The Artist's Studio, c. 1716
Portrait of Master Edward and Miss Mary Macro, the children of Revd Dr Cox Macro, c. 1733
Queen Anne in the House of Lords, 1708–14
Interior of the House of Commons In Session, c. 1710
Charge de cavalerie


  • Robert Raines, "Peter Tillemans, Life and Work, with a List of Representative Paintings", Journal of the Walpole Society, vol. XLVII, 1980, pp. 21–59
  • Bruce A. Bailey (ed.), "Northamptonshire in the Early Eighteenth Century: the Drawings of Peter Tillemans and Others", The Publications of the Northamptonshire Record Society, vol. XXXIX, 1994/1996


  1. ^ a b c d Noakes, Aubrey, Sportsmen in a Landscape (Ayer Publishing, 1971, ISBN 0-8369-2005-8), pp. 47–56: Peter Tillemans and Early Newmarket at, accessed 7 February 2009. ONDB writes: "In 1733 Tillemans retired to Richmond, Surrey, and died on 5 December 1734 while staying at Little Haugh Hall. He was buried on 7 December at Stowlangtoft church, Suffolk." gives his date of death as 19 November 1734.
  2. ^ a b c d e f g h i j k l m Bottoms, Edward, 'Tillemans, Peter (c.1684–1734), painter and draughtsman' in Oxford Dictionary of National Biography (Oxford University Press, 2004). The first edition of this text is available at Wikisource: "Tillemans, Peter" . Dictionary of National Biography. London: Smith, Elder & Co. 1885–1900.
  3. ^ a b c d e f g Orleans House Gallery Collection Archived 2009-01-07 at the Wayback Machine Accessed 7 February 2009
  4. ^ Bryan's Dictionary of Painters and Engravers Accessed 7 February 2009
  5. ^ a b c d e f g h i Sir Walter Gilbey, Animal Painters of England From the Year 1650: A brief history of their lives and works, vol. 2, London: Vintox & Co., 1900, pp. 207–11. At Accessed 13 February 2009
  6. ^ a b c d e Peter Tillemans biography at Accessed 7 February 2009
  7. ^ Portrait of the Rev. Dr Cox Macro, accessed 16 February 2009
  8. ^ a b c Provenance of The Battle of Glenshiel 1719 Accessed 1 February 2009
  9. ^ Robert Raines, "Peter Tillemans, Life and Work, with a List of Representative Paintings", Journal of the Walpole Society, vol. XLVII, 1980, pp. 21–59, quoted at Peter Tillemans biography at Accessed 7 February 2009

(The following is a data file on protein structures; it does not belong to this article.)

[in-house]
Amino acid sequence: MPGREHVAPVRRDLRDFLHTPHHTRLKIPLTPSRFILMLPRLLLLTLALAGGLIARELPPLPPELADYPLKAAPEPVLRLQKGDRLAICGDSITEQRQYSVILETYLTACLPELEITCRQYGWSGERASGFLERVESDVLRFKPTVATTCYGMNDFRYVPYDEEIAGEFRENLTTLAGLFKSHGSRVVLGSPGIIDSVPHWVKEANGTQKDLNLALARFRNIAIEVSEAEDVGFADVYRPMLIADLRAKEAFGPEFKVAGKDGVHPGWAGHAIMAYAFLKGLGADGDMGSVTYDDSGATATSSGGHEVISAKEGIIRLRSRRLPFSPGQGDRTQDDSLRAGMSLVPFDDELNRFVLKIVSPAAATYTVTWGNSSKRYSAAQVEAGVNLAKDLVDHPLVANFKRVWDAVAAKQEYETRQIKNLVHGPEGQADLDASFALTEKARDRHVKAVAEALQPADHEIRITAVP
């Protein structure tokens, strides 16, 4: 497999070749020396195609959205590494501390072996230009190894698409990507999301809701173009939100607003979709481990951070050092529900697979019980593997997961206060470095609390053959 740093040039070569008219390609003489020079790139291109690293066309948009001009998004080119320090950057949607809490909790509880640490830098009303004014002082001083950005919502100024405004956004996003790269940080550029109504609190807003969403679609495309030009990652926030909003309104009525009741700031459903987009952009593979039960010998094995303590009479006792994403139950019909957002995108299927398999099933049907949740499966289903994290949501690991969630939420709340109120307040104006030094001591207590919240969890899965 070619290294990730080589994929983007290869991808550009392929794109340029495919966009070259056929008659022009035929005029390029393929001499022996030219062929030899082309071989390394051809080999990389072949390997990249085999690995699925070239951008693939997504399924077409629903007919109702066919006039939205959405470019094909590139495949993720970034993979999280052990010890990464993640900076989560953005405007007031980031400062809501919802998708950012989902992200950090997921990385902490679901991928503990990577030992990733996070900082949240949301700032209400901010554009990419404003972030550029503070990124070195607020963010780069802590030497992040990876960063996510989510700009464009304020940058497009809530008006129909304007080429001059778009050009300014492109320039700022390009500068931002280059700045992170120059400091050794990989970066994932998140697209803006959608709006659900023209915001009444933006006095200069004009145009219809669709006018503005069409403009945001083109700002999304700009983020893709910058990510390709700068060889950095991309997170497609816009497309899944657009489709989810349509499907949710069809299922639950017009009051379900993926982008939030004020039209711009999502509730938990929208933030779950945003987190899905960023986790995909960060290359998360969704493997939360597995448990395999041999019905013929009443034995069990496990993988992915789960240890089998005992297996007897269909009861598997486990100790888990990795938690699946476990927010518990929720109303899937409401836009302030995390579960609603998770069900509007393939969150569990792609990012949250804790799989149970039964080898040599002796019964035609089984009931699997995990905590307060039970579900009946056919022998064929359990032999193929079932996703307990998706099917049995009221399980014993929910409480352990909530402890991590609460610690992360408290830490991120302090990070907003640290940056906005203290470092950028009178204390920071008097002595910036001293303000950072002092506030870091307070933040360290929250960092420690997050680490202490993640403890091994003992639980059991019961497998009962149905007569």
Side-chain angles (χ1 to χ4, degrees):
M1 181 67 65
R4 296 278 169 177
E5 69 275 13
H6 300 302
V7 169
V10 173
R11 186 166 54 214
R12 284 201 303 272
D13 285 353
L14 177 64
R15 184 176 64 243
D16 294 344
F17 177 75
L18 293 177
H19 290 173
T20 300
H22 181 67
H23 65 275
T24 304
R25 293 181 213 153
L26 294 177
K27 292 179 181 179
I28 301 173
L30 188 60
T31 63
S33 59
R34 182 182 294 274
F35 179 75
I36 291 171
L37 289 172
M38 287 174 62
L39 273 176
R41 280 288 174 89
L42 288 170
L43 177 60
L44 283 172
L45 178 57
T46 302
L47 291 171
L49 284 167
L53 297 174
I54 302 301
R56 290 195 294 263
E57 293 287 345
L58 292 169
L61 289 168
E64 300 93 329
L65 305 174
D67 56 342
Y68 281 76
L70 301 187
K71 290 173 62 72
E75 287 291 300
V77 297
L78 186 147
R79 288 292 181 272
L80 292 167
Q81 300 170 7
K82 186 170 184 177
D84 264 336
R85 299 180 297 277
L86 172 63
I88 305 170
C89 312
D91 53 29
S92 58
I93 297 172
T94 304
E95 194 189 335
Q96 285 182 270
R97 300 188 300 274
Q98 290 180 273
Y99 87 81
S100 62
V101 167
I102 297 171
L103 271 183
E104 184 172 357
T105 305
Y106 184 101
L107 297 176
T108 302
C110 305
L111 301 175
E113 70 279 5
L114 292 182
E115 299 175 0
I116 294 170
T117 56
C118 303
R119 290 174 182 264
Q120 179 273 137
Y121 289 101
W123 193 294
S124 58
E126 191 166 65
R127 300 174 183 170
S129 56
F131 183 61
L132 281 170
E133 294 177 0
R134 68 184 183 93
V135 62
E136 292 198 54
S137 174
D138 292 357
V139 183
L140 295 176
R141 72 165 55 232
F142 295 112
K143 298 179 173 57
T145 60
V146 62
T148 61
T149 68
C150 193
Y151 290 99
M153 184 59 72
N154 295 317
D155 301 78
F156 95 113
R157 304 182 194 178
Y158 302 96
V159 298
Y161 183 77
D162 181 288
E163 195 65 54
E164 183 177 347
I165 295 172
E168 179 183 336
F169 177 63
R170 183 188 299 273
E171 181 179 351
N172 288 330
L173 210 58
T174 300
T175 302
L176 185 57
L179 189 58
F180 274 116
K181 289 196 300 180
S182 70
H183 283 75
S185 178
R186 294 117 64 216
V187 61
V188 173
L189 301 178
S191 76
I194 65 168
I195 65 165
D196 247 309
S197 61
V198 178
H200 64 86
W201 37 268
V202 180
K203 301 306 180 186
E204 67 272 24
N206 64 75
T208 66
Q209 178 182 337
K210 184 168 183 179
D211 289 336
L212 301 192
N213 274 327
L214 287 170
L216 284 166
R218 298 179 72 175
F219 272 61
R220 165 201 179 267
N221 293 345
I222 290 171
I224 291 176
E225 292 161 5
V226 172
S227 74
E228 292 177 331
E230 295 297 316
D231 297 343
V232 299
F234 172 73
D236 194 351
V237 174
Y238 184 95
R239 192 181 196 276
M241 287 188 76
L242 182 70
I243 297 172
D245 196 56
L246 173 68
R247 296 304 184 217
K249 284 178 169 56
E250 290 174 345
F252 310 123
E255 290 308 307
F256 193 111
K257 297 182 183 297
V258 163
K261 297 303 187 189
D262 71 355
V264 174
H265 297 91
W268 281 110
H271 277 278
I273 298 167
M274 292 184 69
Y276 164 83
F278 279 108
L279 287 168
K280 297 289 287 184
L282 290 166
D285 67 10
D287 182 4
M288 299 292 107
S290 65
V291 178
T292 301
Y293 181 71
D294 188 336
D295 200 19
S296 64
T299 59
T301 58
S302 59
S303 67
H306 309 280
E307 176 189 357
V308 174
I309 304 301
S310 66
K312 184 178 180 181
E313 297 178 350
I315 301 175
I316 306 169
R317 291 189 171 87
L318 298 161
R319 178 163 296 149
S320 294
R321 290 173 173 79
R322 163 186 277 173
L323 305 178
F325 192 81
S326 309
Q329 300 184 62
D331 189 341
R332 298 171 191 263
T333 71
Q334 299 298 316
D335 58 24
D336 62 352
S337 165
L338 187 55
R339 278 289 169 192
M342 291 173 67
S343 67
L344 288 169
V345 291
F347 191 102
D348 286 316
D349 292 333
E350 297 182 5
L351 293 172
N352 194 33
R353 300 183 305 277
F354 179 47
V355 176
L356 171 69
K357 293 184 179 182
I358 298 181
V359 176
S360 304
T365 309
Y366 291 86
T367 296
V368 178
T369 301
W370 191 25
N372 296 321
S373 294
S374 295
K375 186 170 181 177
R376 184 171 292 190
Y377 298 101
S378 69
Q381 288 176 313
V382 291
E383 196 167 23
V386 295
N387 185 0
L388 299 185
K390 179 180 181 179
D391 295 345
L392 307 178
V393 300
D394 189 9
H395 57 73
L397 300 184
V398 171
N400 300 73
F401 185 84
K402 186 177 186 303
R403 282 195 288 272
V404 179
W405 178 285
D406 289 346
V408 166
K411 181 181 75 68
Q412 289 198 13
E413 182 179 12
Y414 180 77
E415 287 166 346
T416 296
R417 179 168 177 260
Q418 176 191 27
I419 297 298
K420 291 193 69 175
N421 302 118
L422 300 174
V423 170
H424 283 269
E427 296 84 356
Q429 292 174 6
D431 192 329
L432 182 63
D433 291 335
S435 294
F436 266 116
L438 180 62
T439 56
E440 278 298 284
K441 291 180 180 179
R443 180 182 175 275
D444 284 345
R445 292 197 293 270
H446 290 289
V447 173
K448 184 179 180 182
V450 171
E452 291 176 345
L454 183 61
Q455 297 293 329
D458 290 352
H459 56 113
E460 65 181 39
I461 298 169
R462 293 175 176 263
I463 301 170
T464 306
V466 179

10. ^ a b c Ellis Waterhouse, Painting in Britain, 1530 to 1790, Baltimore, MD: Penguin, 1953, p. 215. Online[dead link][ISBN missing]
  11. ^ a b c d e f g h i j k Peter Tillemans at Artfund Accessed 7 February 2009
  12. ^ a b Accessed 7 February 2009
  13. ^ a b c d e f g h i j k l m n o p q r s t u v w x y z Christopher Wright, with Catherine May Gordon and Mary Peskett Smith, British and Irish Paintings in Public Collections: An Index of British and Irish Oil Paintings by Artists Born Before 1870 in Public and Institutional Collections in the United Kingdom and Ireland, Paul Mellon Centre for Studies in British Art, 2006, at British and Irish Paintings in Public Collections, accessed 14 February 2009
  14. ^ Accessed 7 February 2009
  15. ^ Peter Tillemans at The Accessed 7 February 2009
  16. ^ Peter Tillemans at Accessed 7 February 2009
  17. ^ National Museum Wales Archived 13 October 2013 at the Wayback Machine Accessed 13 February 2009
  18. ^ a b c Peter Tillemans paintings at Accessed 7 February 2009
  19. ^
  20. ^ a b Accessed 13 February 2009
  21. ^ a b c d e f Government Art Collection Archived 3 September 2009 at the Wayback Machine Accessed 7 February 2009
  22. ^[permanent dead link] Accessed 7 February 2009
  23. ^ Accessed 7 February 2009
  24. ^ "". Archived from the original on 23 July 2011. Retrieved 6 February 2009.
  25. ^ Royal Accessed 7 February 2009
  26. ^ Archived 26 February 2010 at the Wayback Machine Accessed 13 February 2009
  27. ^ a b Peter Tillemans at Accessed 7 February 2009
  28. ^ Archived 2006-11-12 at the Wayback Machine Accessed 7 February 2009

External linksEdit